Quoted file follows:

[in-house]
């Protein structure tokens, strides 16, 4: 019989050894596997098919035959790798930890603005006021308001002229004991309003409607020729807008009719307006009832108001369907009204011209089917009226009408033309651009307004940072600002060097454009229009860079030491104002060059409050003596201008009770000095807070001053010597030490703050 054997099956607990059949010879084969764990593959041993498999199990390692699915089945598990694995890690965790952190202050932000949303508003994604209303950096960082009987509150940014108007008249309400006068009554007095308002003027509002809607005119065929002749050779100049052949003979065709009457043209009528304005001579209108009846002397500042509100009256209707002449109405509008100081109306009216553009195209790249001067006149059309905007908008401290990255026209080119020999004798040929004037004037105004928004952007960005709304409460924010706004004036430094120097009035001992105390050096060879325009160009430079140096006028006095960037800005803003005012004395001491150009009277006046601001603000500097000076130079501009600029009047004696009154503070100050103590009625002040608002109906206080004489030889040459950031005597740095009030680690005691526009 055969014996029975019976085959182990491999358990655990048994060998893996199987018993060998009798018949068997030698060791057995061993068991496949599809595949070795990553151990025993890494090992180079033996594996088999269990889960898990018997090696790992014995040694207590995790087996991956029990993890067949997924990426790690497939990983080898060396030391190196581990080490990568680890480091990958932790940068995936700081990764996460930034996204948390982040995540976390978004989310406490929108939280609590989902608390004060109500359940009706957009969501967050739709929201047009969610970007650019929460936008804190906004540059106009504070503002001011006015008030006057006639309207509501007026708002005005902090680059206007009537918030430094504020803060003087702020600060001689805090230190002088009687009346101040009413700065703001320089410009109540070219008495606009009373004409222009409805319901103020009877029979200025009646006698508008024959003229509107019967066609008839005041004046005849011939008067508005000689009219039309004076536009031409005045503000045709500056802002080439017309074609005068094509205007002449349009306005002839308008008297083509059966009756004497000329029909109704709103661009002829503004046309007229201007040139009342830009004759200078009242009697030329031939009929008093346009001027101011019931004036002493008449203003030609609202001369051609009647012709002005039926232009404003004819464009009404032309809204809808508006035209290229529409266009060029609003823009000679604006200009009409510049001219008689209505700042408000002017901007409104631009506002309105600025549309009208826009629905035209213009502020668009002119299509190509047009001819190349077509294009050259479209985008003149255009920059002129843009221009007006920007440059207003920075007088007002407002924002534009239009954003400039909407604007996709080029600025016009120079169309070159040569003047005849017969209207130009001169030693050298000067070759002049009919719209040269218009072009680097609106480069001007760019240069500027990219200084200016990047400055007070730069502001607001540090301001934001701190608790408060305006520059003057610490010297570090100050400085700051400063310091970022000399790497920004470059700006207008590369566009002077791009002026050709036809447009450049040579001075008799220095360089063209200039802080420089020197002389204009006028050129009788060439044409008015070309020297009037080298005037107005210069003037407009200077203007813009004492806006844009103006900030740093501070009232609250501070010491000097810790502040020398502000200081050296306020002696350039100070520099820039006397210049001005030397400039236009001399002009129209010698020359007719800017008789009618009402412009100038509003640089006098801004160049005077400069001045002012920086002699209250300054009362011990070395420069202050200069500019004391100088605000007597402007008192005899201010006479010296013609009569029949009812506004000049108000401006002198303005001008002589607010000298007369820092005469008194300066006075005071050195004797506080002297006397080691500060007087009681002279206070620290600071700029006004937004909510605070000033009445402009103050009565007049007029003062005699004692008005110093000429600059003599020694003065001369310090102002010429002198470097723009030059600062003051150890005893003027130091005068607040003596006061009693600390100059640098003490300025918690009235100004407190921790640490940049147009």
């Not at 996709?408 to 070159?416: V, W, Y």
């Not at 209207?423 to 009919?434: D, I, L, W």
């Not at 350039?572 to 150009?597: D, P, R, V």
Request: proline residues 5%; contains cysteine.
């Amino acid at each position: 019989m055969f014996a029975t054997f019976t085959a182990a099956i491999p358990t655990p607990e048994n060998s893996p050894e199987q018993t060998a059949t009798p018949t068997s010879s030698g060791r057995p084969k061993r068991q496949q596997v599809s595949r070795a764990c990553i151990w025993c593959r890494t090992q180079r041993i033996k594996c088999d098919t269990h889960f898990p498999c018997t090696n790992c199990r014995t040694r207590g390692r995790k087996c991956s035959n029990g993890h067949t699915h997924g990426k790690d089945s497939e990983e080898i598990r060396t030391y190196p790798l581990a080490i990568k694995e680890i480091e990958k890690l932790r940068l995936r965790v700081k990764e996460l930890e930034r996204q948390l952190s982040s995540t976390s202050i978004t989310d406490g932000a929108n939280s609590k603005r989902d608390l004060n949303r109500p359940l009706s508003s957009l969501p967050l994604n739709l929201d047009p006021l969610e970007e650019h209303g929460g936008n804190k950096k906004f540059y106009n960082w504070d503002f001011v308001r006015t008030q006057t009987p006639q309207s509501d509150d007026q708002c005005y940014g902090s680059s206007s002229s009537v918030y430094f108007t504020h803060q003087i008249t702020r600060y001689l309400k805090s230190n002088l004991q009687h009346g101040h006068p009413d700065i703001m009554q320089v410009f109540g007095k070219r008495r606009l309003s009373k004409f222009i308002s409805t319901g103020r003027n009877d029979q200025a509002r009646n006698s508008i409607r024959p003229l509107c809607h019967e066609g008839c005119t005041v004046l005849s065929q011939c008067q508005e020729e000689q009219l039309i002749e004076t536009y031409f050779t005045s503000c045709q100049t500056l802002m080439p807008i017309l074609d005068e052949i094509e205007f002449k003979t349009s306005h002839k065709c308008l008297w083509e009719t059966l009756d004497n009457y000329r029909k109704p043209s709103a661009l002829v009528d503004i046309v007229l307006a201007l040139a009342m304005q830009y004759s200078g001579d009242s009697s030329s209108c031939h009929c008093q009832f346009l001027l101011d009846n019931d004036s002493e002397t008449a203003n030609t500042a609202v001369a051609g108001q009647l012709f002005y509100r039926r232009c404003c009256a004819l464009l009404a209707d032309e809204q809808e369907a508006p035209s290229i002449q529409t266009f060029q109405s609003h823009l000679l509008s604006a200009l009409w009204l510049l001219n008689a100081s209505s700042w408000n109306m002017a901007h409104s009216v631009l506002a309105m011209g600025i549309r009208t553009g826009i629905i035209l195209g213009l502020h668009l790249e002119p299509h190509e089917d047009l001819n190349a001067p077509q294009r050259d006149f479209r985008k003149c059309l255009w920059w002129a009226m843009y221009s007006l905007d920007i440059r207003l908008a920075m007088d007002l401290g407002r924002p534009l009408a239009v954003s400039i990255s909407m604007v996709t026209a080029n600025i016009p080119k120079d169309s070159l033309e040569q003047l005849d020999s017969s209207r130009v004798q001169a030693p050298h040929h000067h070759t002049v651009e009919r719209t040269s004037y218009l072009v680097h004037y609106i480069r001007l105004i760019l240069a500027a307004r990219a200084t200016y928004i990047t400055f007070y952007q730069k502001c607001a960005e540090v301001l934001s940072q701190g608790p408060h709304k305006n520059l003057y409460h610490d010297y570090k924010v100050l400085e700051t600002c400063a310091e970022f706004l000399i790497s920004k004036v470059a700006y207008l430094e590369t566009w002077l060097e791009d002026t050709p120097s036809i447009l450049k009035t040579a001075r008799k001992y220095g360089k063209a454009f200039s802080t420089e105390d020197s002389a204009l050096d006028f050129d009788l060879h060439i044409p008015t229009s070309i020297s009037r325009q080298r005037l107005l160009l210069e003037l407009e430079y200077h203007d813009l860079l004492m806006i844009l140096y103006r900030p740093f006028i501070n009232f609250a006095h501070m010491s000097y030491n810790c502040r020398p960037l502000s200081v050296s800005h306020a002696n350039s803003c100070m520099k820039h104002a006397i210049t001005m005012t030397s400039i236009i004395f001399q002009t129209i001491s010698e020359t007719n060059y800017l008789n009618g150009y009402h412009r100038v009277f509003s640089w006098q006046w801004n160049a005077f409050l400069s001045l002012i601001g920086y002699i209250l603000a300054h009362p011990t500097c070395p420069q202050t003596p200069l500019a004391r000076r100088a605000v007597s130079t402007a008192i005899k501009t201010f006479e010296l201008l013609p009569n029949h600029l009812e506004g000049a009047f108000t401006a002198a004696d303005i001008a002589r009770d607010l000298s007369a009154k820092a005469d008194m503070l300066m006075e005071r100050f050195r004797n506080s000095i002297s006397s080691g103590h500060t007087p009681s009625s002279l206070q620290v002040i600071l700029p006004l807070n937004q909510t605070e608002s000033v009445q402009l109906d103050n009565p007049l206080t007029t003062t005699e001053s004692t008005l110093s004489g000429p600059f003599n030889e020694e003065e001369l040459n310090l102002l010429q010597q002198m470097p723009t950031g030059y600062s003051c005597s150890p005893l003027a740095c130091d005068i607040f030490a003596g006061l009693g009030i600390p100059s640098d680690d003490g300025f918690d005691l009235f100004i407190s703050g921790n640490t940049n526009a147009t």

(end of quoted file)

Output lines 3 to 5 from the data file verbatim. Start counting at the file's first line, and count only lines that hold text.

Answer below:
């Not at 996709?408 to 070159?416: V, W, Y």
């Not at 209207?423 to 009919?434: D, I, L, W």
């Not at 350039?572 to 150009?597: D, P, R, V």